Helen Clark Statement on World Aids Day

01 Dec 2013

December 1st marks the 25th anniversary of World AIDS Day, when as a global community we come together to recommit ourselves to halting and reversing the spread of HIV.

There is much to celebrate: new HIV infections fell by 33 per cent between 2001 and 2012, AIDS-related deaths have dropped by thirty per cent since 2005, and life-saving antiretroviral treatment reached almost ten million people in 2012 – a forty fold increase since 2002. 

These hard won gains must be protected, and we cannot lose sight of the significant challenges which remain. An estimated 2.3 million people are infected with HIV each year, and epidemics continue to grow in a number of countries and regions. 

Sixty per cent of young people living with HIV globally are female. In sub-Saharan Africa, HIV prevalence among young women is more than twice as high as among young men. While AIDS-related deaths have fallen globally over the last seven years, deaths among adolescents rose by fifty per cent in the same period. 

Punitive laws, gender-based violence, stigma, and discrimination continue to obstruct progress on addressing HIV, particularly among key at risk populations and women. In 2012, sixty per cent of national governments reported the existence of discriminatory laws, regulations or policies which impede access to effective HIV prevention, treatment, and support services.

As a co-sponsor of the Joint UN Programme on HIV/AIDS (UNAIDS) and partner of the Global Fund to Fight AIDS, Tuberculosis, and Malaria, UNDP supports countries to respond to the development dimensions of HIV and health.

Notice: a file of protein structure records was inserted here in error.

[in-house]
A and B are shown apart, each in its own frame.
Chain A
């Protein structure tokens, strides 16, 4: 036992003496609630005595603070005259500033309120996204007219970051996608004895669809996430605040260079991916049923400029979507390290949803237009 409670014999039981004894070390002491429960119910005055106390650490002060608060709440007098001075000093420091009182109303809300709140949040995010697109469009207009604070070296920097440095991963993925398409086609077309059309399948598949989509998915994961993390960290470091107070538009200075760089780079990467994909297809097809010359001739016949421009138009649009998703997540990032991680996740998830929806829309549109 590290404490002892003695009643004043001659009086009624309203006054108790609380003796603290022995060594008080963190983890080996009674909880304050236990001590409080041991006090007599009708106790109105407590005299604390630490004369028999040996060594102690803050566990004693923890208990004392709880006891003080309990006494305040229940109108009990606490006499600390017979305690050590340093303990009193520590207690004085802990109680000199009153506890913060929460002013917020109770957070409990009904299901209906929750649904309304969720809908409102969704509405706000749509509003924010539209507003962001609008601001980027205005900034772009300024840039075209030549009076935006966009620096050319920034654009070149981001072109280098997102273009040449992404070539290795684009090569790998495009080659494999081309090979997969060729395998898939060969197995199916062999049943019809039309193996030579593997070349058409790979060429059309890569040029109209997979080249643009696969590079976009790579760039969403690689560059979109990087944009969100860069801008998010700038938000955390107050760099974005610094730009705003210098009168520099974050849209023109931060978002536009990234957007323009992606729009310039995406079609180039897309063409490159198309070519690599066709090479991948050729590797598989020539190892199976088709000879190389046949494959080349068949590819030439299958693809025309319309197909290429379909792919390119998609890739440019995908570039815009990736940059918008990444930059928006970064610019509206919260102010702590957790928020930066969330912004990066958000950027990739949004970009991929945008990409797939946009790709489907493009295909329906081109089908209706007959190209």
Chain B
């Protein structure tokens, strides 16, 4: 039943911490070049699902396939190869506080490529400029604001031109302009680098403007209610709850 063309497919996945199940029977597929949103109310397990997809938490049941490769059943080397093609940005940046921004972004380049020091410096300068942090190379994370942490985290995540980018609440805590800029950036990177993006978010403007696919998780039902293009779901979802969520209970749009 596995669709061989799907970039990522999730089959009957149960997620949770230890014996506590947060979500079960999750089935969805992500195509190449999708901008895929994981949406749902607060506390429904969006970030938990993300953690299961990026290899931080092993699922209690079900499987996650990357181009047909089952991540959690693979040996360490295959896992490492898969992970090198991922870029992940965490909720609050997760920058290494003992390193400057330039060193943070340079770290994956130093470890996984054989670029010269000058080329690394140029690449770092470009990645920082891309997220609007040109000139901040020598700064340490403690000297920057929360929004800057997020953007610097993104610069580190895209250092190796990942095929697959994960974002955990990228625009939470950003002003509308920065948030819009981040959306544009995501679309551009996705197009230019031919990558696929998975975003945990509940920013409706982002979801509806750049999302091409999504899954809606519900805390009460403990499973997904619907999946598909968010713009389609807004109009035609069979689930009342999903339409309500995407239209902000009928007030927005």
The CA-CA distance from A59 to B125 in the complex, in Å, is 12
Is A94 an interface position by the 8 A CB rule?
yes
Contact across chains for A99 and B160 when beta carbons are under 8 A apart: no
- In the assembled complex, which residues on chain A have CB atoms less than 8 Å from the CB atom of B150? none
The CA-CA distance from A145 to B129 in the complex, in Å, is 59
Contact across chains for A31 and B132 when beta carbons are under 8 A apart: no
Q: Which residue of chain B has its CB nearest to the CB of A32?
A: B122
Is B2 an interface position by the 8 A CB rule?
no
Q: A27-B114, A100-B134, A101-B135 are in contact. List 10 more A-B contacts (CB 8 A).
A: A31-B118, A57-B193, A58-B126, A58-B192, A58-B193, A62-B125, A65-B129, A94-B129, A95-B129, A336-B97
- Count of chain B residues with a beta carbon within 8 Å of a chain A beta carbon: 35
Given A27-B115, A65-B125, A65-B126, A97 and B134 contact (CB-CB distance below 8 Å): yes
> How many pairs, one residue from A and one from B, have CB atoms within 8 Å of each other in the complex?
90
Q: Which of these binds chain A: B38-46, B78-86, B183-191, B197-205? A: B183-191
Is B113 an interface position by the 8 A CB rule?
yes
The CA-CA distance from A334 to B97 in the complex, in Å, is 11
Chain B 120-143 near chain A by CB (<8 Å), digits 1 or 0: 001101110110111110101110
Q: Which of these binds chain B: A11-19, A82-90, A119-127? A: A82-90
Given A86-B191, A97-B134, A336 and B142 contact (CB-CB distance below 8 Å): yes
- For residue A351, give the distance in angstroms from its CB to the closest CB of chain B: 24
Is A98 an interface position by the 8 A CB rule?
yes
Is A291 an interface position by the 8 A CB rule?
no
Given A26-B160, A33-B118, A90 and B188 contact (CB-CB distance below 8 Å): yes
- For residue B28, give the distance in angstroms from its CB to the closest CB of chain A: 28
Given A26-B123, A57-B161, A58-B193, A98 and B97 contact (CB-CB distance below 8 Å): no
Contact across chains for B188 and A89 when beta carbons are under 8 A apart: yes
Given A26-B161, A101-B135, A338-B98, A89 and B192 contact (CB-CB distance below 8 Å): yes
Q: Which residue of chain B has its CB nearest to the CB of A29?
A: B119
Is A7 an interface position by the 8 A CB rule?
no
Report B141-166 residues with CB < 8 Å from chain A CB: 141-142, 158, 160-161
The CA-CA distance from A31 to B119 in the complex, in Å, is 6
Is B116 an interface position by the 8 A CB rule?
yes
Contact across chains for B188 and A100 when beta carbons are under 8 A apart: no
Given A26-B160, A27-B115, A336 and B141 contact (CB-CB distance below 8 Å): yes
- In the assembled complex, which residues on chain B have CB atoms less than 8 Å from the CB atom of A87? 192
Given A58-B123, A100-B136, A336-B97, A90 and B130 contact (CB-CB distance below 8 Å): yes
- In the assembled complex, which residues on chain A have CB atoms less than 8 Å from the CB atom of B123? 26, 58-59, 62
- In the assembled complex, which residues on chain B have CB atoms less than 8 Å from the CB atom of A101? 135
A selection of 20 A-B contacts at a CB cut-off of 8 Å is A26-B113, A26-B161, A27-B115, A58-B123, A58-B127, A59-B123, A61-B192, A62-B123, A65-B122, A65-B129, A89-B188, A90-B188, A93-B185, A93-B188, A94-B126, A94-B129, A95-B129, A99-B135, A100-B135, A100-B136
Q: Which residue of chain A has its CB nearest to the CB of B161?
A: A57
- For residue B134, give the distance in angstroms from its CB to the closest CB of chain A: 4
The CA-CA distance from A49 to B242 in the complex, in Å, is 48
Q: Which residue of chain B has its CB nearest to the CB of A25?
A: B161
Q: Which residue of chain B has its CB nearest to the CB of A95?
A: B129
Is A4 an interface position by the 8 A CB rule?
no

Our approach recognizes that development action – for governance, human rights, gender equality, social protection, capacity development, and environmental sustainability – contributes significantly to better HIV and health outcomes, especially for the poor and marginalized. 

Our work with the Global Fund has supported governments and civil society in more than forty countries to deliver large-scale HIV, tuberculosis, and malaria programmes, benefiting millions.
 Last year, the Global Commission on HIV and the Law,convened by UNDP, provided important recommendations on improving  legal environments to enable more effective responses to HIV. Together with UN, government, and civil society partners, UNDP is supporting implementation of these recommendations in more than eighty countries, and is already contributing to the revision of discriminatory policies and laws in a number of countries.

Beginning December 1, I encourage our staff to mark World AIDS Day by standing in solidarity with all people affected by HIV. The theme for this milestone observance is “Shared Responsibility: Strengthening Results for an AIDS-Free Generation.” Let us commit to reinvigorating our efforts to realize a world free of AIDS and the scourge of discrimination.